One month ago yesterday, I wrote an email to the facebook page run by The Gospel Coalition. During the 2007 national conference, TGC co-founder, D.A. Carson gave two inaugural addresses, entitled, “Plans and Purposes of the Gospel Coalition” and “What is the Gospel.” In these, he reported the 2 main reasons that they chose to bring their organization into existence;
1. To define and protect the Gospel from those who would distort it (postmoderns).
2. To reverse the fragmentation of Evangelicalism and shore up its boundaries.
Because I was a student at the grad school that shouldered much of the start up energy for TGC and hosted many of their earlier events, I got to see some of the first days of this organization’s existence as well as volunteering for two TGC conferences. As such, I’ve followed them since then and have been both thankful and concerned for the work they’ve done – though I would confess, mostly concerned.
One month ago, I became more than concerned, I became angry. After following a Facebook post to their Facebook page, I saw this banner photo donned at the top of their page;
Instantly, I felt something was wrong with this photo and the implicit hegemonic messages it sent. I immediately wanted to expose what I thought lacked wisdom, cultural intelligence and inter-cultural sensitivity. After pondering on it for awhile, I decided to hold onto my initial angst, write them a letter and then wait for some dialogue. To this day, I haven’t received anything back from them and so with a month passed, I decided with some encouragement to post the letter I sent.
Conversation started June 21
To Whom It May Concern:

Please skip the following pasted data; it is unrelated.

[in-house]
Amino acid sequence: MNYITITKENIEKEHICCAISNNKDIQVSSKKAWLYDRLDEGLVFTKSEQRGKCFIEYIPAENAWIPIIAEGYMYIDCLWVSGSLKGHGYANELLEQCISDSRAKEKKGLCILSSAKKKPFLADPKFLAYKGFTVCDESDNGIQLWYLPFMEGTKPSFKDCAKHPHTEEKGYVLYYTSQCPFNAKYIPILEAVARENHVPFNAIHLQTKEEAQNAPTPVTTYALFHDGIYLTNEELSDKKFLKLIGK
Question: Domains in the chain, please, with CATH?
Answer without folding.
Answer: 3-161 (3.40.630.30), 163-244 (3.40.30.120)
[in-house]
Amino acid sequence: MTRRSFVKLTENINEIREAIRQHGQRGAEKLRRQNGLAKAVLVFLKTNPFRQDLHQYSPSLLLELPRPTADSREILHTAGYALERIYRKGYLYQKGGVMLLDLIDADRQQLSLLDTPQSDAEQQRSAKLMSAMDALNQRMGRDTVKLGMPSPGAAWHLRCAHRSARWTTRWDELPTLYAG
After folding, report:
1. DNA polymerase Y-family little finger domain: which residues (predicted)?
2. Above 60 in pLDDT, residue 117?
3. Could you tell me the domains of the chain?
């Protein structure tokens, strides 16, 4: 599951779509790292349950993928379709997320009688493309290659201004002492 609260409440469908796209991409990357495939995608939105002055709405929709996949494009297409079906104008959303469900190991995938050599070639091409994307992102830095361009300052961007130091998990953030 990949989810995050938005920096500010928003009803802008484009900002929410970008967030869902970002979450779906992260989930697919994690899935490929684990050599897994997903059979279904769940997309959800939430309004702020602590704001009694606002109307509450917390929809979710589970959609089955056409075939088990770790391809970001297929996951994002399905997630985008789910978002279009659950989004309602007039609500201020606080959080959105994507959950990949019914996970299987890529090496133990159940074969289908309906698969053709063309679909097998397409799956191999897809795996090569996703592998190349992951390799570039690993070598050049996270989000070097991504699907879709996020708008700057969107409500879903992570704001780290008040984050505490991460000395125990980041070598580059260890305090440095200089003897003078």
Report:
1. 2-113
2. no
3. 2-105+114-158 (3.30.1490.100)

I recently came across your new banner photo while checking out another post. To keep it simple, I am sincerely disappointed and even angry at seeing the TGC logo spread across the globe. Each of us can do what we want with our globes and maps, but this picture saddened me when I first saw it.
It may have been posted with different intentions than to offend anyone, but if you will allow me, I would like to mention some reasons why it is not helpful to the church.
1. It seems to suggest an expansionism of the ideas and influence of TGC. It is not wrong to seek to bless the world with the resources that you have as I understand TGC has been doing as of late, but this picture provokes something beyond that. It suggests a monopolizing, expansionist agenda as much as anything else. Whether that is the intention or not, it can be communicated by the picture.
2. There are numerous global organizations and indigenous communities of faith that TGC will have to work with in order to bless the world with your resources. This picture ignores those relationships and at worst demeans those whom TGC will need to depend upon. I have worked for an international organization, Operation Mobilization, which is present in more than 110 countries. While working with them, I traveled to nearly 40 countries, served in a number of churches and ministries started and funded by indigenous leadership. Some enjoyed being a part of the OM network and would proudly display the OM logo because of the resources OM had helped to give them. OM has made many mistakes but I can assure you that the leadership there would never think of donning a photo like this, especially on a public forum for the reasons stated among others.